GUILLERMO MELENDEZ (El Salvador) said the efforts of States to combat illicit traffic in arms could be strengthened with effective security measures. Efforts made by El Salvador, in accordance with the Programme of Action, were detailed in its national report and included administrative, legal and weapons reduction measures. El Salvador continued to implement laws and regulations for the manufacturing and trade of arms. The national civil police was working to prevent and combat illicit arms trafficking and since 1996 had destroyed thousands of firearms.
He said his Government was especially concerned about the impact of small arms on crime and had reviewed legislation related to weapons and had increased the cost of firearms licences by 85 per cent. The national civil police was the focal point for exchange of information on the flow of arms. The subregional office for INTERPOL was also critical for information on arms trafficking. The national report should be used to help determine the need for resources and assistance in the area of firearm registration and for the strengthening of national measures to regulate and control the trafficking of weapons.
NANA FREMA BUSIA, Chairperson of Ghana National Commission on Small Arms, said that only through a concerted approach at the national, regional and international levels could the international community effectively rein in the menace of small arms and light weapons. Ghana had experienced more than its fair share of the adverse impact of indiscriminate use of illegally acquired weapons. The Government’s commitment to the Programme of Action was, therefore, premised on the recognition that arms proliferation could undermine political stability and the risk to human security that the small arms and light weapons problem represented.
The Ghana National Commission on Small Arms had been established with the mandate to develop and implement a national action plan for adoption by the Government, she continued. The country was working on an integrated small arms control strategy, which included cross-border control, legislative review, computerization of the registration process, research into the small arms problem in Ghana and an intensive awareness campaign. The Commission had initiated a useful dialogue with blacksmiths, which had yielded insights into support measures that could be provided to control the levels of illicit production. It had also embarked on a campaign to build partnerships on human security and requested members of the media to join the endeavour as mouthpieces for the battle cry for developmental security. In fulfilment of the United Nations tracing requirement, the firearms bureau was establishing a national computerized database to provide a network for licences and registered arms and facilitate monitoring. Consultations were under way to enhance legal controls through legislative amendment and harmonization.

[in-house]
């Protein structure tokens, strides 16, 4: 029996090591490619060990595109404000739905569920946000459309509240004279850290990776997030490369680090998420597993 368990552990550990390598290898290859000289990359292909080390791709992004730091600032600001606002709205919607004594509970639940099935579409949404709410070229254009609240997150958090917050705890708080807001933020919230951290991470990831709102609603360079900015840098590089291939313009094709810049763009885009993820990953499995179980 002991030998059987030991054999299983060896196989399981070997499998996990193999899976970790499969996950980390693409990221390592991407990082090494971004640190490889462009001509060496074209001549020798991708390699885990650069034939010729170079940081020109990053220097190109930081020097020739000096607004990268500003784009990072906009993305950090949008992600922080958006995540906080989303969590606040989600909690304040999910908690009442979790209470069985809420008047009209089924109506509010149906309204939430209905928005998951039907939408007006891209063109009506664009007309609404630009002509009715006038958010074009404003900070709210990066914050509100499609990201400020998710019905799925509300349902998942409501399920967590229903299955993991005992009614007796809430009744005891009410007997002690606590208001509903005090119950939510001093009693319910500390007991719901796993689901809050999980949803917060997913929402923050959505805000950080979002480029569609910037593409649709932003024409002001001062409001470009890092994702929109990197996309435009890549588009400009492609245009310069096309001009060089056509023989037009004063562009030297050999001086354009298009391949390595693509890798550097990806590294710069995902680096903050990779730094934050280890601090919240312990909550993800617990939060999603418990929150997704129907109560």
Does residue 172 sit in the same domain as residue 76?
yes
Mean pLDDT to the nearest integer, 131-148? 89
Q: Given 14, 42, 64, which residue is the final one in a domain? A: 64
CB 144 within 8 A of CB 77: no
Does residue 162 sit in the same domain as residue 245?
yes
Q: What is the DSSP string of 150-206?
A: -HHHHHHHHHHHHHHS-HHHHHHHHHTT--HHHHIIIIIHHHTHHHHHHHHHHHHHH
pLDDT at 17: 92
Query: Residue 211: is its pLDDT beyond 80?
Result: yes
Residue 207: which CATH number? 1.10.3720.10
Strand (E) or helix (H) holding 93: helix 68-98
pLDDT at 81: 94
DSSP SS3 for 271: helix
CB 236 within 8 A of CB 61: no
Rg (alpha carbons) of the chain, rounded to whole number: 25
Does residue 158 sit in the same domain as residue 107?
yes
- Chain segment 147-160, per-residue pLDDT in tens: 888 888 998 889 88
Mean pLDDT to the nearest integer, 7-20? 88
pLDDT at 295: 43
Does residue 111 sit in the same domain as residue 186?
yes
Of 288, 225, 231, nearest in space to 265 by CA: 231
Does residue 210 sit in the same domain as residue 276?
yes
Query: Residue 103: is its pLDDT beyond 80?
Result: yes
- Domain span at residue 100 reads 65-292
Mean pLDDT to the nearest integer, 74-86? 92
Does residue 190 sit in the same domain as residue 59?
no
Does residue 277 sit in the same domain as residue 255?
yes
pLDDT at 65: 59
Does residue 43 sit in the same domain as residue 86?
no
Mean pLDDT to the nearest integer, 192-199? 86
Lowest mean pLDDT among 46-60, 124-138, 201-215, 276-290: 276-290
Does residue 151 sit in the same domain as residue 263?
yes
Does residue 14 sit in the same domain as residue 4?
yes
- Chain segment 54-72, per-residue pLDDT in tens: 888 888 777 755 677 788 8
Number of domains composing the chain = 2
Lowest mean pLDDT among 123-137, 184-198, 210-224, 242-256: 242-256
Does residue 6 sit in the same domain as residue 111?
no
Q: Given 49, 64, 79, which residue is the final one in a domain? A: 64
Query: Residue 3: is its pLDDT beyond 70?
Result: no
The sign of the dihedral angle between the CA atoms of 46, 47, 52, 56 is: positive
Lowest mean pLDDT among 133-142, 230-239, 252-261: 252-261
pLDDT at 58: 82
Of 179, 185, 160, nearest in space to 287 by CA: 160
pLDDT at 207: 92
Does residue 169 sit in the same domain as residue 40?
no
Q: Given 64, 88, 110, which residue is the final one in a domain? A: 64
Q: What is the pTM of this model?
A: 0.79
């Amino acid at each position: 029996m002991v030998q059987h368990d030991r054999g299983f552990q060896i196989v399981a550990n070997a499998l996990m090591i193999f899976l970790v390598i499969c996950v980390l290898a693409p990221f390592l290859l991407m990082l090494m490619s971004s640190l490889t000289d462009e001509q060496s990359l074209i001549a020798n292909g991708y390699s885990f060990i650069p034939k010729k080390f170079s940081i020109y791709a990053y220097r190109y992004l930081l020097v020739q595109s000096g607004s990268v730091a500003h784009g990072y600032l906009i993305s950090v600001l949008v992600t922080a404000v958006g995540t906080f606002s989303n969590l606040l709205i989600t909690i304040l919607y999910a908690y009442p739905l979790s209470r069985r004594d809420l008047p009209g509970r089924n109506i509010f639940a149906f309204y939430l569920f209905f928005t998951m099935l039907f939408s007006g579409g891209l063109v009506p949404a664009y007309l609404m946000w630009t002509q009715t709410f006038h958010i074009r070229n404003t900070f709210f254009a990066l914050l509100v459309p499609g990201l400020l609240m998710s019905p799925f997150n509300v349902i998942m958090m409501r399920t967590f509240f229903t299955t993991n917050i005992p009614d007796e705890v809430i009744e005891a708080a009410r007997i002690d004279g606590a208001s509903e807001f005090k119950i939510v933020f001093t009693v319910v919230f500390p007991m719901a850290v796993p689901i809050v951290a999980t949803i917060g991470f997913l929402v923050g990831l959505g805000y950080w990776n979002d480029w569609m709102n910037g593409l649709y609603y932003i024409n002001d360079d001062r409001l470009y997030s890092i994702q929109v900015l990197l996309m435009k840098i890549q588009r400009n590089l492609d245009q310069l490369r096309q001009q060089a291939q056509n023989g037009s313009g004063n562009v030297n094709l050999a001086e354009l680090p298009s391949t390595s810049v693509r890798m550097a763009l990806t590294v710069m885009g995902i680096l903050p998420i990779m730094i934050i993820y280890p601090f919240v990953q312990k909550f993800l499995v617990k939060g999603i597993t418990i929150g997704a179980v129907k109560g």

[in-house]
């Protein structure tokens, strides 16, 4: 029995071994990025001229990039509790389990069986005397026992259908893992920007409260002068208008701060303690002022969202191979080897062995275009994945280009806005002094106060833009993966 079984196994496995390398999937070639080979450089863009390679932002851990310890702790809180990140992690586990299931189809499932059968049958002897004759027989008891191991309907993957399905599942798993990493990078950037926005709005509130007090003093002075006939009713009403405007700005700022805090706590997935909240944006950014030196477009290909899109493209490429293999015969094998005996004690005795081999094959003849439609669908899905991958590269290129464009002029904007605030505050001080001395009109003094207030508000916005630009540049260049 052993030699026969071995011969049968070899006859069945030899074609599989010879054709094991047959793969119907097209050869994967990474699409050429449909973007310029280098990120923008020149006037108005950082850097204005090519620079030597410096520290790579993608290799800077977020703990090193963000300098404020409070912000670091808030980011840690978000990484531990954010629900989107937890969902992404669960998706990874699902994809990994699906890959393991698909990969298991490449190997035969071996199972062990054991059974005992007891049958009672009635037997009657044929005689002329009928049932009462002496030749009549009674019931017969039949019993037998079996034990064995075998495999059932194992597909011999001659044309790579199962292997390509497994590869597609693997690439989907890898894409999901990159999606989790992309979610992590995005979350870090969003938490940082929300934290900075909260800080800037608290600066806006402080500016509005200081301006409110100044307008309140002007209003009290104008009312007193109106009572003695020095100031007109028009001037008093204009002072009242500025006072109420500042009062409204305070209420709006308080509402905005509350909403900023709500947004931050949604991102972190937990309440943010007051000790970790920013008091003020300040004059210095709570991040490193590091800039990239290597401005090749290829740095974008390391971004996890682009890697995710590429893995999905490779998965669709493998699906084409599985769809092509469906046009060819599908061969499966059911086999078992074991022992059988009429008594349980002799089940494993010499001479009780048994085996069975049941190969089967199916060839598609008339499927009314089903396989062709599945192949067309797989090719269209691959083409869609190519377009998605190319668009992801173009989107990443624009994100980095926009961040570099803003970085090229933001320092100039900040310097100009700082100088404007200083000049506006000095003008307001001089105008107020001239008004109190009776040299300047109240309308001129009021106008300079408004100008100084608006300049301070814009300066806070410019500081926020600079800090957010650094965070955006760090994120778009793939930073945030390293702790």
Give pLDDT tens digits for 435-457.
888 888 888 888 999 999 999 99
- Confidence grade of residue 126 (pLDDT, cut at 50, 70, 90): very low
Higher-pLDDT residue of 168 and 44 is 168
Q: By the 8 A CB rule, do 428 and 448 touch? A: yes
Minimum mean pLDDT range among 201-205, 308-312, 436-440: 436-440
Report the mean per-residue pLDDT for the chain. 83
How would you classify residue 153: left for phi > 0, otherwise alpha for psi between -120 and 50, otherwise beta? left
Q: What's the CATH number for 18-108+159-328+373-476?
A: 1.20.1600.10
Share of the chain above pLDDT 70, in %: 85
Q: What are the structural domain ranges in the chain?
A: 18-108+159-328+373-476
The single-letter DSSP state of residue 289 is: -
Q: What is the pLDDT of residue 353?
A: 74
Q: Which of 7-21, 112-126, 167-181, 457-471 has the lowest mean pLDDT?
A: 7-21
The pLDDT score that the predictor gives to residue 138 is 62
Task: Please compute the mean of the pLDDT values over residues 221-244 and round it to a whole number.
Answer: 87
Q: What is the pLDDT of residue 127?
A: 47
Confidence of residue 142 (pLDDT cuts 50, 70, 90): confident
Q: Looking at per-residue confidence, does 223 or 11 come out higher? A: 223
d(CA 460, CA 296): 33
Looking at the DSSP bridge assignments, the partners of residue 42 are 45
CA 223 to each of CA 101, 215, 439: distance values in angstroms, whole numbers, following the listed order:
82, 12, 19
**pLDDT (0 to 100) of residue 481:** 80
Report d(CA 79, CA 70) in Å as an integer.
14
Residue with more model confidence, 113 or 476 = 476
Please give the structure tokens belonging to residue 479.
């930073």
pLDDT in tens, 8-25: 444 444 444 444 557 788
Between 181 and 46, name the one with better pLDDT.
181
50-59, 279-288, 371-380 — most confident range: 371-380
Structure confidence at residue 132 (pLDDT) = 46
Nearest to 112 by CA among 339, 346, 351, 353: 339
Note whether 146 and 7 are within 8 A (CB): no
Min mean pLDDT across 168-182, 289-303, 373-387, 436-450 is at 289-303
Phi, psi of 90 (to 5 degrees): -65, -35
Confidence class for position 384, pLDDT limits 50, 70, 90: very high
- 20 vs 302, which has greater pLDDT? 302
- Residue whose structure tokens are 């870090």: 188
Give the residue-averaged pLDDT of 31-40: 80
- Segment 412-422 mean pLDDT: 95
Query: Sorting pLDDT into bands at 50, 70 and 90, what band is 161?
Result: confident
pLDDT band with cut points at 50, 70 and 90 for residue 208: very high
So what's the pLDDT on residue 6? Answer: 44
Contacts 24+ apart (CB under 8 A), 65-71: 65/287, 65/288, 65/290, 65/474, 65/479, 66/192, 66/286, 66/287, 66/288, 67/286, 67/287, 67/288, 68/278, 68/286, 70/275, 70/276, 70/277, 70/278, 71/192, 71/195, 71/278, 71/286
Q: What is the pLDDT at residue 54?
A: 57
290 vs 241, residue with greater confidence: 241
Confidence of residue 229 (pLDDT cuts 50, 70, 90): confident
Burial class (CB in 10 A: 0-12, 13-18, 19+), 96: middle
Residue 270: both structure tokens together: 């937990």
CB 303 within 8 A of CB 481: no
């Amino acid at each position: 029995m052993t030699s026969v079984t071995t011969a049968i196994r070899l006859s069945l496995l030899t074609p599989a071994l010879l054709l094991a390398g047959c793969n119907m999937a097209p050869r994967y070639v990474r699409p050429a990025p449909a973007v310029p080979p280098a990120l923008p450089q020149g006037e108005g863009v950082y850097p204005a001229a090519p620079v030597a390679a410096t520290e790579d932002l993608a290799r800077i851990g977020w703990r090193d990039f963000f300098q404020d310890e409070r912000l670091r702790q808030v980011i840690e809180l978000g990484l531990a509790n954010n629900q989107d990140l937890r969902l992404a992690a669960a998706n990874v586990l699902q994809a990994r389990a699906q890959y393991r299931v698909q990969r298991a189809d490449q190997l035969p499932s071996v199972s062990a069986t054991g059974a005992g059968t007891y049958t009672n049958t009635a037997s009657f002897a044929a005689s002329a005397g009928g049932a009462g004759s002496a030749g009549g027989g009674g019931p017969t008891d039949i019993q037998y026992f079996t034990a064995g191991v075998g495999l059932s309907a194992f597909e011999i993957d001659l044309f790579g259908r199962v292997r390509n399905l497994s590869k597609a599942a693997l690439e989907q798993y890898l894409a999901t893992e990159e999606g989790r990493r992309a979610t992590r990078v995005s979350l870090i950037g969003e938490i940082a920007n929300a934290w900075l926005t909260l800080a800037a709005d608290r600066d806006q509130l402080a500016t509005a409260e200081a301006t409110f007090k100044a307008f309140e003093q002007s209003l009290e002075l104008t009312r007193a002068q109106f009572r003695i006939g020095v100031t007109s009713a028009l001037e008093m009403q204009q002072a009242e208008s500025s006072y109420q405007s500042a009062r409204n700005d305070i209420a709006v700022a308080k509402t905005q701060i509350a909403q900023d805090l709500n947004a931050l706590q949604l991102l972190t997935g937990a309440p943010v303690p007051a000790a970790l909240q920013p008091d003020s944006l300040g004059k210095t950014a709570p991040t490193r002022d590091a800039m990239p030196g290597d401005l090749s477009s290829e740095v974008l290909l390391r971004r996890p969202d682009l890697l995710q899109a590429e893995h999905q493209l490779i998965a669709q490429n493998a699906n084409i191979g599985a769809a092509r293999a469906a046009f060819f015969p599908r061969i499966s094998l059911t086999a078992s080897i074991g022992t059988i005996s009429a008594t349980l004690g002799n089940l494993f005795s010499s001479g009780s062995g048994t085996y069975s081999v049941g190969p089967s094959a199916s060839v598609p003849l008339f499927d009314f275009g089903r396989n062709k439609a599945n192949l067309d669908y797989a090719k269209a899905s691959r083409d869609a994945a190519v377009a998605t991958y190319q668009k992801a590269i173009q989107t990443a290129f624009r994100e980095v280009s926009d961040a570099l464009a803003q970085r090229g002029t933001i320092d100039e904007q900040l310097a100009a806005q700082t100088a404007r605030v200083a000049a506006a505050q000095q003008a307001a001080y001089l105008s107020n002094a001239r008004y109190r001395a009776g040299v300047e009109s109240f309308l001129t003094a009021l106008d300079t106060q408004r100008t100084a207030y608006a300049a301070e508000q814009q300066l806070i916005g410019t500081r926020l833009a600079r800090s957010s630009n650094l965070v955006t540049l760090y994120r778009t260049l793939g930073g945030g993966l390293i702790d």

The country had actively participated in multilateral small arms and light weapons initiatives, notably the “Biting the Bullet” consultative group process regarding the issue of arms transfers, with particular focus on transfers to non-State actors; the arms trade treaty initiative with Oxfam and the Economic Community of West African States (ECOWAS) networking meetings. The programme of action for effective small arms control was capital intensive and required enormous government resources and concerted donor support. Ghana was grateful for the support of the United Kingdom for its ongoing programme. The country needed ever-increasing resources for the comprehensive phase of the programme, which would link research with policy and targeted intervention to generate stakeholder cooperation.
LIPUO MOTEETEE (Lesotho), noting the havoc and loss of life caused by small arms and light weapons, said the illicit spread of such weapons posed an even greater menace, as it was interlinked with transnational organized crime, some of the greatest impediments to sustainable development. That challenge required a global response.